The vast majority of novels and short stories about the Anglo-Boer conflict were published around the time of the war and reflect the values and attitudes to British imperialism. Some of the titles published then give a fairly accurate impression of the patriotic fervour which found its way into print: B. Ronan, The Passing of the Boer (1899); E. Ames, The Tremendous Twins, or How the Boers were Beaten (1900); C.D. Haskim, For the Queen in South Africa (1900); F. Russell, The Boer's Blunder (1900); H. Nisbet, For Right and England (1900) and The Empire Makers (1900). Among the more notable literary figures of the day who were closely associated with the events of the Anglo‑Boer conflict were Rudyard Kipling (1865‑1936); Winston Churchill (1874‑1965); H. Rider Haggard (1856‑1925); Sir Arthur Conan Doyle (1859‑1930); Sir Percy Fitzpatrick (1862‑1931); Edgar Wallace (1875‑1932); and John Buchan (1875‑1940)).

Some of the most interesting names associated with satirising the Anglo‑Boer conflict include H.H. Munro (Saki) (Alice in Pall Mall, 1900); G.K. Chesterton (The Napoleon of Nottinghill, 1904), Hilaire Belloc (Mr Clutterbuck's Election, 1908) and Kipling: "Fables for the Staff", published in The Friend in 1900 in which he lampooned the incompetence of the British general staff. Douglas Blackburn's A Burgher Quixote (1903) is one of the most undervalued works in South African literature.

The end of the Great War saw an interesting ideological shift from imperialism to an ideological commitment to the Union of South Africa. The conflict after the World War 1 is depicted essentially as a civil war in which the members of the same family who have fought on opposite sides must now, for their common good, make peace. This is an attitude already anticipated in Francis Bancroft's (Mrs Francis Carey Slater's) early novels The Veldt Dwellers (1912) and Thane Brandon (1913). It is also the major theme in Daphne Muir's A Virtuous Woman (1929), Norman McKoewn's The Ridge of White Waters (1934), F.A.M. Webster's African Cavalcade (1936), as well as Kathleen Sinclair's saga which includes Walking the Whirlwind (1940), The Sun Rises Slowly (1942) and The Covenant (1944).

From the 1930s there is a diminishing concern with depicting the causes and consequences of the Boer War as dogmatic assertions to be attacked or defended. Coincidentally, there has been a tendency to depict the struggle from the Boer point of view, as in W C Scully's The Harrow (1921), Daphne Muir's A Virtuous Woman (1929) and Manfred Nathan's Sarie Marais (1938).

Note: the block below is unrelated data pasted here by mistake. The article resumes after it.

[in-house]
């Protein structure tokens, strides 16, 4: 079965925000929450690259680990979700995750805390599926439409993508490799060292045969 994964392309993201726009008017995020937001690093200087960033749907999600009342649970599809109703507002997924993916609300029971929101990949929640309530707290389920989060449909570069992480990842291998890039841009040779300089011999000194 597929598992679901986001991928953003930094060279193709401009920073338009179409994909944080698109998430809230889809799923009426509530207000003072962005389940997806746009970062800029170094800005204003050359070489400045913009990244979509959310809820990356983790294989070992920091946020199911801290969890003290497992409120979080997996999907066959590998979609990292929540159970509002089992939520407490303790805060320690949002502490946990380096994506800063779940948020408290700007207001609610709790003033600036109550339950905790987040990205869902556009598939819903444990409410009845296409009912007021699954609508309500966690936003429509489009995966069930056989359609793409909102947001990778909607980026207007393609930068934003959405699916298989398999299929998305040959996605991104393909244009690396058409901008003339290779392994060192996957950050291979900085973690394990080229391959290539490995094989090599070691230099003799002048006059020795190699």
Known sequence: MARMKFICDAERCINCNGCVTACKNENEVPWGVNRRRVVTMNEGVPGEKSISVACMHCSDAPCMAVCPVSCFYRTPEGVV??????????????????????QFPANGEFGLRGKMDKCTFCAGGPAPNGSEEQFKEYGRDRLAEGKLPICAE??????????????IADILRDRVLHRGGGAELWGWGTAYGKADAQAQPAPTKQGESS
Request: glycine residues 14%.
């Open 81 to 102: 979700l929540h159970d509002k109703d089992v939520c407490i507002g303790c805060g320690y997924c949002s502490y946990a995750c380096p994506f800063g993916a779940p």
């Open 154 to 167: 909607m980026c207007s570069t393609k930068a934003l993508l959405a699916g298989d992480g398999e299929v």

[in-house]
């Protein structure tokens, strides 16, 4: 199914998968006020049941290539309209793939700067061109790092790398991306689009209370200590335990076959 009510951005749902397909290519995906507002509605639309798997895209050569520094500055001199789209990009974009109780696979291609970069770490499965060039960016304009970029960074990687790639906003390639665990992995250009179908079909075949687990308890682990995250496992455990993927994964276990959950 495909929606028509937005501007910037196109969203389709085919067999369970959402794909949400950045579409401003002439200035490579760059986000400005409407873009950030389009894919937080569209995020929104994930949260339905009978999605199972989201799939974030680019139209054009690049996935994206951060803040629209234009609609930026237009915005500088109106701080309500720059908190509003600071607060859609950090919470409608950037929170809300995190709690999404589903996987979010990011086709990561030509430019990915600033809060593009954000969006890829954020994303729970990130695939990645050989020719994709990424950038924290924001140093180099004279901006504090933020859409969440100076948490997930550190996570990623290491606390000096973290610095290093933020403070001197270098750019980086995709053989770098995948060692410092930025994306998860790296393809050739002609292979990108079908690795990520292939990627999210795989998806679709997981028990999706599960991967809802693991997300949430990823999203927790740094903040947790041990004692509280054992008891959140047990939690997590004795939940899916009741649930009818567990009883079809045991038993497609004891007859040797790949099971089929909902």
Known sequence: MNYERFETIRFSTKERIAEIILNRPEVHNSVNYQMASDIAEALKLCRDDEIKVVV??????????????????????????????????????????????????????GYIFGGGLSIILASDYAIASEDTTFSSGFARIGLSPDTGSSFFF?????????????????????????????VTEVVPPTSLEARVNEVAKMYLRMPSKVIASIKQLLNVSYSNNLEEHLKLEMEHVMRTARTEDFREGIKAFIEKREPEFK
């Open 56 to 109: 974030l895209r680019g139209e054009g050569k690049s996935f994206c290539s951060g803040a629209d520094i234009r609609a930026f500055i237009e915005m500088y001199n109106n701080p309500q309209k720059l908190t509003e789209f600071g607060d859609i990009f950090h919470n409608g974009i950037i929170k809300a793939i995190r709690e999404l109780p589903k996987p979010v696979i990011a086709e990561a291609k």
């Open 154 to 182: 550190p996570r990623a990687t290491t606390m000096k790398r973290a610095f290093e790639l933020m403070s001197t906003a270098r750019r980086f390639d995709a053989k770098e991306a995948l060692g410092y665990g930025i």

Seen within the wider context of South African literature the racial theme that had to a large extent lain dormant in Boer War fiction during the imperial phase now begins to assert itself. Only one novelist who wrote about the war during the imperial phase, George Cossins in A Boer of To‑day (1900), admits to a black‑white problem.

Since 1948 the call for unity between Afrikaner and English has remained, but the race issue has become more and more focal. Race relations are a major preoccupation in Henry Gibb's four book saga: The Splendour and the Dust (1955), The Winds of Time (1956), Thunder at Dawn (1957) and The Tumult and the Shouting (1957), and Daphne Rooke's Mittee (1951).

Most writers since 1948, with some notable exceptions, have treated the war largely as the backdrop for historical romance: Stuart Cloete, Rags of Glory (1963); Sam Manion, The Great Hunger (1964); Wilbur Smith, The Sound of Thunder (1966); Dorothy Eden, Siege in the Sun (1967); Josephine Edgar, Time of Dreaming (1968); Daphne Pearson, The Marigold Field (1970); Jenny Seed, The Red Dust Soldiers (1972); Desiree Meyler, The Gods Are Just (1973); and Ronald Pearsall, Tides of War (1978). At the same time there is a greater interest in addressing such vexed questions as the concentration camps, the effects of martial law, the 'Handsuppers' and the results of the scorched earth policy.

The South African conflict was in many respects a civil war. Not only were there many Boers from the Cape, and later the two republics, who joined the National Scouts and fought for the British, but there were many Cape Boers who joined the commandos. This aspect of the war produced some of its finest responses in fiction, for example Herman Charles Bosman's short stories "The Traitor's Wife" and "The Affair at Ysterspruit", and Louis C. Leipoldt's novel Stormwrack (1980). The question of divided loyalties is a large issue in Boer War fiction.

Nor did the conflict end with the war. As late as 1980 a successful Australian film Breaker Morant was based on Kenneth Ross's play and Kit Denton's novel The Breaker (1973).

The Boer War has continued to be a popular subject for escapist fiction. Whereas the writers at the height of the Empire were overwhelmingly British, with the decline of imperialism the field is now dominated by South African writers.

See also[edit]


Further reading[edit]